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Self-Employed Retirement Plan Calculator

Updated Jan 24, 2024

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Small business owners planning for retirement must go through a different process than most people. The various retirement plans available to small business owners feature different contribution limits. Use this calculator to figure out your maximum contribution for retirement plans, such as a 401(k), Savings Incentive Match Plan for Employees individual retirement account (SIMPLE IRA) and Simplified Employee Pension IRA (SEP-IRA).

Key Terms

These are the key terms that you should understand to make the most of this 401(k) calculator:

  • Type of business: Select how your business is structured. Options include sole proprietorship/partner and corporation.
  • Contribution tax year: Select the tax year for which you will be making contributions.
  • Current age: Enter your current age.
  • Net profit: Enter your business’s net profit, as taken from Form 1040-Schedule C (or W-2 income if your business is a corporation).

What is the difference between a sole proprietorship and a corporation?

A sole proprietorship is considered the default business legal structure by the IRS. This is the easiest type of business structure to get off the ground. Income flows directly from your business activities into your bank account. With a sole proprietorship, you share a legal identity with your business and you take on all legal risk if you get sued.

A corporation is a legal entity separate from the business owner. Taxation rules are more complex for corporations and you pay yourself a salary out of the corporation’s earnings. However, the corporate structure protects your personal assets in the event of a lawsuit or bankruptcy.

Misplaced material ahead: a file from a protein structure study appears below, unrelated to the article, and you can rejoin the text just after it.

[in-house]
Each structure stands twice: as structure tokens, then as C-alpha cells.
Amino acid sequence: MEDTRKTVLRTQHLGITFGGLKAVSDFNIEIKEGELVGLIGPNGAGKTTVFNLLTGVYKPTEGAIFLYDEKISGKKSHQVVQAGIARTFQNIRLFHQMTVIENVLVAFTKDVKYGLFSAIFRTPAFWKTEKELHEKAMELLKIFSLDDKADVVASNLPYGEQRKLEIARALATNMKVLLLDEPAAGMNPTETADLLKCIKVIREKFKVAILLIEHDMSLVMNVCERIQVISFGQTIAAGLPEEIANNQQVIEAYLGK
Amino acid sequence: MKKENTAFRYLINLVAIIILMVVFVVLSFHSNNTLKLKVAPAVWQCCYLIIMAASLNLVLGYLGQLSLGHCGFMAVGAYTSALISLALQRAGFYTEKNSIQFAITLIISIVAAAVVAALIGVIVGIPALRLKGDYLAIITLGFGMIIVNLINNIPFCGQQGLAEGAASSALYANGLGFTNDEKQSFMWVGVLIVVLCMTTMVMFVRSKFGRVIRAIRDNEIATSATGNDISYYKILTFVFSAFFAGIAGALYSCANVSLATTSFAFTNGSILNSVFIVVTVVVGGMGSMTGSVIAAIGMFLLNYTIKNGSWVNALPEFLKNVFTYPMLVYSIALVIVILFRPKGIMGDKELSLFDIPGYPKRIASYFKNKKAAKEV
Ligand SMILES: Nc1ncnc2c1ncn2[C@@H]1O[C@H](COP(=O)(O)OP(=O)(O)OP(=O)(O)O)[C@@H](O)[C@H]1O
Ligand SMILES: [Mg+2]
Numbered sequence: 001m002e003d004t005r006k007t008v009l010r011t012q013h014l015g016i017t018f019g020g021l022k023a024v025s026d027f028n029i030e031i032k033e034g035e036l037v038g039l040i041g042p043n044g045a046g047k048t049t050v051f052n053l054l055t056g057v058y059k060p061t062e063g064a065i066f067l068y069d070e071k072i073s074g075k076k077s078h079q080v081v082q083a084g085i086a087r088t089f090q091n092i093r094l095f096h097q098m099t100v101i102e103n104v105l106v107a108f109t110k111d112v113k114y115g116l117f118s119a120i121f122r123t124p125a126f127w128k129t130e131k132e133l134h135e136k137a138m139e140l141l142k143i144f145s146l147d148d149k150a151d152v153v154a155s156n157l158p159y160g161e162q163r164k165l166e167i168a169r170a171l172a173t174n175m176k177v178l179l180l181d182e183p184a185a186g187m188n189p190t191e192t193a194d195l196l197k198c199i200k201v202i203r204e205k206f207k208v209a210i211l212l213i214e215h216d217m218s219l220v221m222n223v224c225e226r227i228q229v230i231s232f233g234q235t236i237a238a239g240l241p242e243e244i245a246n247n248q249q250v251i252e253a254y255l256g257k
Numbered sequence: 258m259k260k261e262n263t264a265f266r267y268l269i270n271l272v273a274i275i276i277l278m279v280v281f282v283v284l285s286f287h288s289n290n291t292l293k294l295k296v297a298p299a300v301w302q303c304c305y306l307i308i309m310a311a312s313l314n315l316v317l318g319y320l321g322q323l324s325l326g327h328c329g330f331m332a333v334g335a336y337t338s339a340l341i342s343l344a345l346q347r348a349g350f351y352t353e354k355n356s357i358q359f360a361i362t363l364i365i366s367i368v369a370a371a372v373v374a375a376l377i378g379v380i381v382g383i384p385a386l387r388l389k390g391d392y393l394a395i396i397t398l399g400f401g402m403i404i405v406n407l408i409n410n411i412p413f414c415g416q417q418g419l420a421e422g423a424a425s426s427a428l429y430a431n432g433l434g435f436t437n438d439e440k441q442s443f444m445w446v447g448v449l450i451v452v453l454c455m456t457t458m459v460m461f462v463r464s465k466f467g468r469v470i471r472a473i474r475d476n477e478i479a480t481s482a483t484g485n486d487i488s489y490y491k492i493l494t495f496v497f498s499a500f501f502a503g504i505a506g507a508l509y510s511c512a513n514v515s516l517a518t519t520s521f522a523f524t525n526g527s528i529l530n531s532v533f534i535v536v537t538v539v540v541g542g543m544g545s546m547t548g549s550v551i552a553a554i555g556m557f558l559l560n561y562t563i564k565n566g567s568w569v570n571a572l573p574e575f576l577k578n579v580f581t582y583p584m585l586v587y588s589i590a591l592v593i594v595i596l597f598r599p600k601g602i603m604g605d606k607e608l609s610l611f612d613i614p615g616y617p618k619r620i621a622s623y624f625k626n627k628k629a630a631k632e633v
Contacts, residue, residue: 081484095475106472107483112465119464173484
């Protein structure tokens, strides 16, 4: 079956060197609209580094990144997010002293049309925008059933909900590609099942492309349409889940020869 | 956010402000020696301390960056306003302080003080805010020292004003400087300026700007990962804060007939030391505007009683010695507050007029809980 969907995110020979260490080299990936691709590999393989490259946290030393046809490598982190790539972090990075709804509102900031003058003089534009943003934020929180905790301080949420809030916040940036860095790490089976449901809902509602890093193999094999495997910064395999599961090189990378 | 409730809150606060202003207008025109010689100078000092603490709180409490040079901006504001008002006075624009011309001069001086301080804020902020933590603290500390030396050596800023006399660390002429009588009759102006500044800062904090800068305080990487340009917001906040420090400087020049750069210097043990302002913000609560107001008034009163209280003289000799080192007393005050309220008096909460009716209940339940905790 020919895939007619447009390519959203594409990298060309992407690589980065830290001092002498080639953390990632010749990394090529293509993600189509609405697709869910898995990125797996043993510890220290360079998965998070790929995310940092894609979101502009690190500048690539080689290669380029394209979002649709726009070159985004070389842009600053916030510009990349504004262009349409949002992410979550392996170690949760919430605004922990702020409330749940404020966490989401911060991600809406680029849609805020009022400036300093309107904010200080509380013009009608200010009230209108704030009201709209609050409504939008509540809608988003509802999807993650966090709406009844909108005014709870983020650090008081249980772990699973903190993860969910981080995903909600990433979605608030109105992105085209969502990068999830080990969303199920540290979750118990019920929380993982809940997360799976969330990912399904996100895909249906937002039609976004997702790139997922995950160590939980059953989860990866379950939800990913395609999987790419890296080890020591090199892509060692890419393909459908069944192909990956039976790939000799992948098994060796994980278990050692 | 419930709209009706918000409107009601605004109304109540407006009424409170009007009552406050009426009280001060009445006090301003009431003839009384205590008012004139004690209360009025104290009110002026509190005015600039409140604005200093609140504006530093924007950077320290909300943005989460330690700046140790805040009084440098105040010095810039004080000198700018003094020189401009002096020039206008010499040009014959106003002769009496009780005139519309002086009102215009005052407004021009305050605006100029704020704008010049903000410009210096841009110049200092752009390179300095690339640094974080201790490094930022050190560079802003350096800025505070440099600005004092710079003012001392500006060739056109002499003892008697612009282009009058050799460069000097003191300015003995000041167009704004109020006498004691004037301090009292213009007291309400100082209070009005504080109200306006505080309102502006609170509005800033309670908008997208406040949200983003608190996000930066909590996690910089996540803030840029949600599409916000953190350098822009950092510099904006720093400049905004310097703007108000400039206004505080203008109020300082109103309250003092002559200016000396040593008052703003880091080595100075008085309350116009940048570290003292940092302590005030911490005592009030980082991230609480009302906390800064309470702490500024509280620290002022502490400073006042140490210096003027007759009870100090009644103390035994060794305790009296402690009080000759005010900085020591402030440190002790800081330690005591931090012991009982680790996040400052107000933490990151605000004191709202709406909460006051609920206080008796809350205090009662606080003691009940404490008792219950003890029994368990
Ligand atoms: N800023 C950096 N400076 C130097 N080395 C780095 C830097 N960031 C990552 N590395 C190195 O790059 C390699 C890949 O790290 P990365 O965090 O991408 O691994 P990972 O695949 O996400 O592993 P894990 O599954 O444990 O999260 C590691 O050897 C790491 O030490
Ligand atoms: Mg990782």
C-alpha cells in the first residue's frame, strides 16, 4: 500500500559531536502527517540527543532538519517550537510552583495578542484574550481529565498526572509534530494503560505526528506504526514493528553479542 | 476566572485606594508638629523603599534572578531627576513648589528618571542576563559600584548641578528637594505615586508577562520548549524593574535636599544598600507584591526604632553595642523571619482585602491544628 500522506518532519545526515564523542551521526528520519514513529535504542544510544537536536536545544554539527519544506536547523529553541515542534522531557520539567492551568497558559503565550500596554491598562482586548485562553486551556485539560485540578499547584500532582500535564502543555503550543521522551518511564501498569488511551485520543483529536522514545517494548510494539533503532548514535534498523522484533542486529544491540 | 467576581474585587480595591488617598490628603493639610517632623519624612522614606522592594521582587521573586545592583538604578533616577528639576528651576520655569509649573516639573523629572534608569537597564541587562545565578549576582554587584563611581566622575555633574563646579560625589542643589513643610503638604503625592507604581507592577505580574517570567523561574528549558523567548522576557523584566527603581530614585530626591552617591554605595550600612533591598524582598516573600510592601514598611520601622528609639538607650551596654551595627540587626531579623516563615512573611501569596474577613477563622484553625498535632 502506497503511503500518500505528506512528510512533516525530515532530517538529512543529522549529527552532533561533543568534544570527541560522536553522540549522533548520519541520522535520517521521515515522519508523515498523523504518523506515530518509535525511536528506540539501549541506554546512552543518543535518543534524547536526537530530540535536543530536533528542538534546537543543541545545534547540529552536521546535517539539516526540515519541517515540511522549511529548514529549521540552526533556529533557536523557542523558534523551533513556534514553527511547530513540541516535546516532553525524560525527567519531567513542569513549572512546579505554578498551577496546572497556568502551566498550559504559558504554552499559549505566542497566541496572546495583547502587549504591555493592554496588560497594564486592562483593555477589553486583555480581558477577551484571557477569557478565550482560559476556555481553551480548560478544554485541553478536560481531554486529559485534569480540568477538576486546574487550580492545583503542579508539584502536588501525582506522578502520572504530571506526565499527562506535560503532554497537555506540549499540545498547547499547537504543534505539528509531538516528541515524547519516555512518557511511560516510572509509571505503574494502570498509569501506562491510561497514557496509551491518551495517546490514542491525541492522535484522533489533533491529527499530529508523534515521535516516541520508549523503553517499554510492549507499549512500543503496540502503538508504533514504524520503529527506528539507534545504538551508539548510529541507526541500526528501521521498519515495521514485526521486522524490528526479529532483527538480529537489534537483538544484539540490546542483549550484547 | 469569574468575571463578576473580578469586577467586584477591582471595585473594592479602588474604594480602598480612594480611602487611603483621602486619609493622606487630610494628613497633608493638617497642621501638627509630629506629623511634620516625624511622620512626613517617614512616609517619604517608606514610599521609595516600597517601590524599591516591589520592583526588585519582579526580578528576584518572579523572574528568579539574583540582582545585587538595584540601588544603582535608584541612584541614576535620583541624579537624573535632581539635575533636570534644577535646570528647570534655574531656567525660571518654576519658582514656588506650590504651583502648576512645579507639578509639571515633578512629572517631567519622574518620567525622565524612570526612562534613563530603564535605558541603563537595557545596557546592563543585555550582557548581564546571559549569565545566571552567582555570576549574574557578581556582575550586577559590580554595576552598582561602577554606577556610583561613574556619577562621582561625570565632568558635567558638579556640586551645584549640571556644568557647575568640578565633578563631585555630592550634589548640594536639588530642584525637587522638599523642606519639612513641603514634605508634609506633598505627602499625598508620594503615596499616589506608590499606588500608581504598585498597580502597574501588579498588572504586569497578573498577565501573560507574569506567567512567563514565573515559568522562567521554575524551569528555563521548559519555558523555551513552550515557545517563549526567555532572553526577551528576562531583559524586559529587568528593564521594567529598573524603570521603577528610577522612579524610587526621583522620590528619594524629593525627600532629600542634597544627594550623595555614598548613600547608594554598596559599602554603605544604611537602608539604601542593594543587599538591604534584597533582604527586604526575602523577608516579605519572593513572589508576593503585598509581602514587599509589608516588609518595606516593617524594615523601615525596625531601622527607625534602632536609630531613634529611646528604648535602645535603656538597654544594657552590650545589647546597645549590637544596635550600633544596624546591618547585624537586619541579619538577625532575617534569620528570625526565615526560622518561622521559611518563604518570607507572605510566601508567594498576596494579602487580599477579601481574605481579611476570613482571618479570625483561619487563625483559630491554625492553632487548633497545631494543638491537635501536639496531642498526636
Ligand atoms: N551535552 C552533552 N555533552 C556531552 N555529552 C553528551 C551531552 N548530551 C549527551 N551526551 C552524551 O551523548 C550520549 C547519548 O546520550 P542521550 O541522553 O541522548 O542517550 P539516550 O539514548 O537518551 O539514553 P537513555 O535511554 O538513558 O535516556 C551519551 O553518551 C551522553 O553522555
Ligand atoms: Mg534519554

What are the differences between a 401(k), SIMPLE IRA and SEP-IRA?

Small business retirement plans come in several forms. The 401(k) is a common choice for larger companies. This plan allows employees to make pretax contributions from their salaries, often with employer matches.

The SIMPLE IRA is geared toward small businesses. This permits employees to contribute a percentage of their income, with either matching or nonelective contributions from employers.

The SEP-IRA is designed more for small business owners and the self-employed. Contributions are only made by the employer. Contributions can be made for up to 25% of the employee’s compensation or $61,000.

Do small business owners have any tax advantages for retirement plans?

The Retirement Plans Startup Costs Tax Credit serves as a valuable incentive for small businesses aiming to provide retirement plans. This credit enables a deduction of up to 50 percent (or $500) from the startup and administration costs of the plan during its initial three years. If you choose to match or contribute to employee accounts, these contributions are also tax-deductible. Additionally, depending on your income, you may qualify for the Saver’s Credit.

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